Gulfstream Aerospace Corp.’s new family of business jets, the Gulfstream G500 and G600, are progressing toward US Federal Aviation Administration (FAA) type certification this year, the company announced during Singapore Airshow.

The G500 is entering the final stage of its flight test and certification program, while the G600 has completed field performance testing by the company.

The five G500 aircraft have accumulated more than 4,250 flight hours over more than 1,175 flights. The fourth G500 to enter the flight-test programme is poised to begin function and reliability testing, the high point of a flight-test programme designed to show the reliability of the aircraft’s final engineering designs.

Exceeding requirements

At least 300 hours of flights are mandated by the FAA. They are used to evaluate how the aircraft behaves in conditions representative of normal in-flight operations, including hot, cold and humid environments. Gulfstream has gone beyond this requirement, flying a fully outfitted production G500 for more than 400 hours. The aircraft is on a world tour to demonstrate its design to customers and potential customers.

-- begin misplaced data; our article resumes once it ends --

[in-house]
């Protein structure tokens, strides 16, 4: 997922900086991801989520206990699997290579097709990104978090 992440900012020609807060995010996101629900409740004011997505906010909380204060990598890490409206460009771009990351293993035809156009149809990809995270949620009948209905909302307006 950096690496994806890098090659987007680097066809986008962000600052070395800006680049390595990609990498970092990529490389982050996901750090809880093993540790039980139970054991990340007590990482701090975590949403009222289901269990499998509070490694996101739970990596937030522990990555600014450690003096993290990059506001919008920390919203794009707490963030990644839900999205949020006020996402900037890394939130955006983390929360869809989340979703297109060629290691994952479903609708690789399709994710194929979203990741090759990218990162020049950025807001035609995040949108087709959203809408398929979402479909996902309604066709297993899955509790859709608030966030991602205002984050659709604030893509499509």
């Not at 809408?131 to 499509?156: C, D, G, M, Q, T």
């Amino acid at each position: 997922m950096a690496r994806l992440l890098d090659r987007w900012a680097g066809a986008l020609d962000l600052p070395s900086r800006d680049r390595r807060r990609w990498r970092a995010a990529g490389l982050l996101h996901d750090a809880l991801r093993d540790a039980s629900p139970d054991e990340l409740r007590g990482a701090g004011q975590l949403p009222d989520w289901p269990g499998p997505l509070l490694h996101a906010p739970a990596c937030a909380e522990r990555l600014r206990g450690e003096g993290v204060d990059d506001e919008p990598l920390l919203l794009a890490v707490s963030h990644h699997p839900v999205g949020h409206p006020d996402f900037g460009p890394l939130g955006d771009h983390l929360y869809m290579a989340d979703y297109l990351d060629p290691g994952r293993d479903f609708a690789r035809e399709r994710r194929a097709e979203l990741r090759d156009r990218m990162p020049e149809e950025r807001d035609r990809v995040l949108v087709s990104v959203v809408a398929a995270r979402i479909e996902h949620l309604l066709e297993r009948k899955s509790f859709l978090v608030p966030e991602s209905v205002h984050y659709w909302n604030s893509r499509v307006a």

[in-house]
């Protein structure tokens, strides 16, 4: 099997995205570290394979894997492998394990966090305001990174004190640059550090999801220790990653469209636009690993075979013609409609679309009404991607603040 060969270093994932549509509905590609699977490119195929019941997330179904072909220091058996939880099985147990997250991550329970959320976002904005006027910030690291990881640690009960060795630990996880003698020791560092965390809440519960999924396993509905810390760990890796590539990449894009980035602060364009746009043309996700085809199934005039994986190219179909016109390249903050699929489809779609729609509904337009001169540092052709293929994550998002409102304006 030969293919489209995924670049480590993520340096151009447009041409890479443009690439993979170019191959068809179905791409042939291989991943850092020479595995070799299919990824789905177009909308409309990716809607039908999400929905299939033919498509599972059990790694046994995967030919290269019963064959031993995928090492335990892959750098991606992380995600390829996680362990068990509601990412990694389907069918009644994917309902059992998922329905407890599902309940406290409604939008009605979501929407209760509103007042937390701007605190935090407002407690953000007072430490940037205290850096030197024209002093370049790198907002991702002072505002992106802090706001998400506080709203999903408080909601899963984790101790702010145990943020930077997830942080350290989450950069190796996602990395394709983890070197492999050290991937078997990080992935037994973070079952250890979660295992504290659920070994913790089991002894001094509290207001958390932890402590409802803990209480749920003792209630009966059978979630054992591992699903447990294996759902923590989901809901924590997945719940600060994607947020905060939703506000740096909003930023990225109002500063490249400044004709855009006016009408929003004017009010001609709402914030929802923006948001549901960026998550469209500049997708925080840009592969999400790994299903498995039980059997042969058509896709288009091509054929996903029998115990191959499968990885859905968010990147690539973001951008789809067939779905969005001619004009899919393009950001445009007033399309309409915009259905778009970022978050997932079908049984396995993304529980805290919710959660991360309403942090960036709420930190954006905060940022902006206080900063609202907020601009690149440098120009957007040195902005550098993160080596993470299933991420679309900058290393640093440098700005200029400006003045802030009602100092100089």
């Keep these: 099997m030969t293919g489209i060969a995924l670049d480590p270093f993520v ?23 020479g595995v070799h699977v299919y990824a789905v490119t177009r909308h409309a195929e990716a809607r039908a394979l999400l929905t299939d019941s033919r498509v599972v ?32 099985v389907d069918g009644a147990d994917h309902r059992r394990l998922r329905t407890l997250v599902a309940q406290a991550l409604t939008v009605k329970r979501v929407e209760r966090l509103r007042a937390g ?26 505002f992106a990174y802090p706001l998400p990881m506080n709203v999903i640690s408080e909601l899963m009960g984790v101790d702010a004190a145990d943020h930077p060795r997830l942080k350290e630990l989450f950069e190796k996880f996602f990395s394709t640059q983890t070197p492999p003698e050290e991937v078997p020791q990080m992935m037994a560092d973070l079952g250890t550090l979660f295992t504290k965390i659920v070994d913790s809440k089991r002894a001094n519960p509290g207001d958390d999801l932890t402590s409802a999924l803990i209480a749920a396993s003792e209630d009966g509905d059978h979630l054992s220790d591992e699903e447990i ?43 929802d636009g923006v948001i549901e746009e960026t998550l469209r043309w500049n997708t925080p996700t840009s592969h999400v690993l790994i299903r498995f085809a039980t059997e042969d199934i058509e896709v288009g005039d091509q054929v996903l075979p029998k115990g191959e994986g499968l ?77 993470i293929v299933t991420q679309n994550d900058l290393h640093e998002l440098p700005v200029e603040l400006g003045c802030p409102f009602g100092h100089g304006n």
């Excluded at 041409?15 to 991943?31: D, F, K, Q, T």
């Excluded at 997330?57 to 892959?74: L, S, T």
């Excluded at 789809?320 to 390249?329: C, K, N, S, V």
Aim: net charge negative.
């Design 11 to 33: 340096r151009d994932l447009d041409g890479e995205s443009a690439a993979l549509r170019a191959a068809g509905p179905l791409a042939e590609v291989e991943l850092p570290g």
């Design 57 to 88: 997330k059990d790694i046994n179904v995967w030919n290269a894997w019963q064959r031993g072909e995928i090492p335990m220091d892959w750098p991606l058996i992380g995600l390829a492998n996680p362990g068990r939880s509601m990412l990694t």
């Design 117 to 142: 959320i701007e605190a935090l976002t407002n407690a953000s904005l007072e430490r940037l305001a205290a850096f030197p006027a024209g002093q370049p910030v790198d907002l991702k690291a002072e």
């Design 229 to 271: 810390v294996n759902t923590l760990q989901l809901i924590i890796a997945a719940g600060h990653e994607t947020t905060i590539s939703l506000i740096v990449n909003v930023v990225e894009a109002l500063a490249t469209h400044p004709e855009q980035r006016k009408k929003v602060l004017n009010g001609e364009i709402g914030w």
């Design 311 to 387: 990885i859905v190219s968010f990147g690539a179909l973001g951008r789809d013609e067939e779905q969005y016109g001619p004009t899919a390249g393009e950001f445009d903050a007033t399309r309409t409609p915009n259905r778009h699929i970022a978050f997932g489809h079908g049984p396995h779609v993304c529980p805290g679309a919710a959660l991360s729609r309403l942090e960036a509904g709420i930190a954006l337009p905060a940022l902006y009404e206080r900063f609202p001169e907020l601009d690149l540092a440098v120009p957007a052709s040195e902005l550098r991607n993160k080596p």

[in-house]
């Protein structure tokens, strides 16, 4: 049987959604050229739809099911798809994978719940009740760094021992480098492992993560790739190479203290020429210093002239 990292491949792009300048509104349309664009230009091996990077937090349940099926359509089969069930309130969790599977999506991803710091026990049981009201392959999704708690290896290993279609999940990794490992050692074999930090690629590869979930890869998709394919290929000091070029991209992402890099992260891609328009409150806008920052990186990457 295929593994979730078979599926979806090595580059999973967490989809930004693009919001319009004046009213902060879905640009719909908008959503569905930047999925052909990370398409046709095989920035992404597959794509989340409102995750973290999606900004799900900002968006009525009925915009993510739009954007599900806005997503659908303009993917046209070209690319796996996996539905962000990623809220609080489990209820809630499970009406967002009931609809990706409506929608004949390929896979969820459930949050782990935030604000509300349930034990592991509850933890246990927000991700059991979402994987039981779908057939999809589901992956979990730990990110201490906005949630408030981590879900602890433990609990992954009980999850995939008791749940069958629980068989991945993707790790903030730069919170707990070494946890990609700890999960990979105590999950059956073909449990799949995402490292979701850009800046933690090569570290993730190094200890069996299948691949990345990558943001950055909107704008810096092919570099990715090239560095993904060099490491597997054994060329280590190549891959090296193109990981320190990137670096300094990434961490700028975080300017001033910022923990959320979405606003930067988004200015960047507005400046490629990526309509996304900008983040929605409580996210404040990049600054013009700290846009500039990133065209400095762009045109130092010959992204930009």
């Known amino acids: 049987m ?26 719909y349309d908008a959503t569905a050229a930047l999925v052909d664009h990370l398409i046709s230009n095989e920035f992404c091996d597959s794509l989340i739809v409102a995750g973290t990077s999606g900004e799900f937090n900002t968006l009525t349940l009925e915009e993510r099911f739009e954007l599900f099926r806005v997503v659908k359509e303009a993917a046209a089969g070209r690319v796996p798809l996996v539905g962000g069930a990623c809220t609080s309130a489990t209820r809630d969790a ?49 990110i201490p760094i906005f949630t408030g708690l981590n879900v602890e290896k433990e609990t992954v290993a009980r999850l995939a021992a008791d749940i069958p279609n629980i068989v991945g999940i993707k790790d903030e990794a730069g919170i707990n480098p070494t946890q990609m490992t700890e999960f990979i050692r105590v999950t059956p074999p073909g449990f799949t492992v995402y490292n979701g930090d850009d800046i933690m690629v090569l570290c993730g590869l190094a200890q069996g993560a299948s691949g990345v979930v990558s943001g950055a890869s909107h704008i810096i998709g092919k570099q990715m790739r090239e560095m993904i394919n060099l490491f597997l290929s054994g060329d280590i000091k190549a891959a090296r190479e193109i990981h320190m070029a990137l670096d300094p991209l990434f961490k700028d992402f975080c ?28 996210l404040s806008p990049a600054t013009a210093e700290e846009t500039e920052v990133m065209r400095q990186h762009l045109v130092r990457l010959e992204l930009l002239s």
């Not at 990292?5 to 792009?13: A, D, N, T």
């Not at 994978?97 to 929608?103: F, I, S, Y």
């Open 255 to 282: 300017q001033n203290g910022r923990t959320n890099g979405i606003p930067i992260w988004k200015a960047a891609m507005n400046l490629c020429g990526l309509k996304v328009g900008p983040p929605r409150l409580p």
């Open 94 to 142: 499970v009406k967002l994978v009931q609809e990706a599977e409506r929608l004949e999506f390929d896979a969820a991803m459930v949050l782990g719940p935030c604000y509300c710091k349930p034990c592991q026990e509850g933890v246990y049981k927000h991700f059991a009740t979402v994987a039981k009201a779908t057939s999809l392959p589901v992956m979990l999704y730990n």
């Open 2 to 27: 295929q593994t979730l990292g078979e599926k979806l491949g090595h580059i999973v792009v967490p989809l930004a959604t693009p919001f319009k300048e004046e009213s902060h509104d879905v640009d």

The G600 has amassed more than 1,395 flight hours during more than 360 flights. Next on the aircraft’s schedule is FAA certification testing for flyover noise.

Improved performance

Gulfstream announced improved performance from the G500 and G600 in October 2017. The company says it will not affect on the original delivery schedule for 2018, although it involves additional testing to gain FAA certification.

The improvements mean the G500 can fly 5,200 nautical miles (9,630 km) at Mach 0.85 or 4,400 nautical miles (8,149 km) at Mach 0.90. Certification is expected early in 2018. The G600 can travel 6,500 nautical miles (12,038 km) at Mach 0.85 and 5,100 nautical miles (9,445 km) at Mach 0.90. Certification is expected later in the year. The maximum operating speed for both aircraft is Mach 0.925.

Watch our previous interview with Gulfstream now: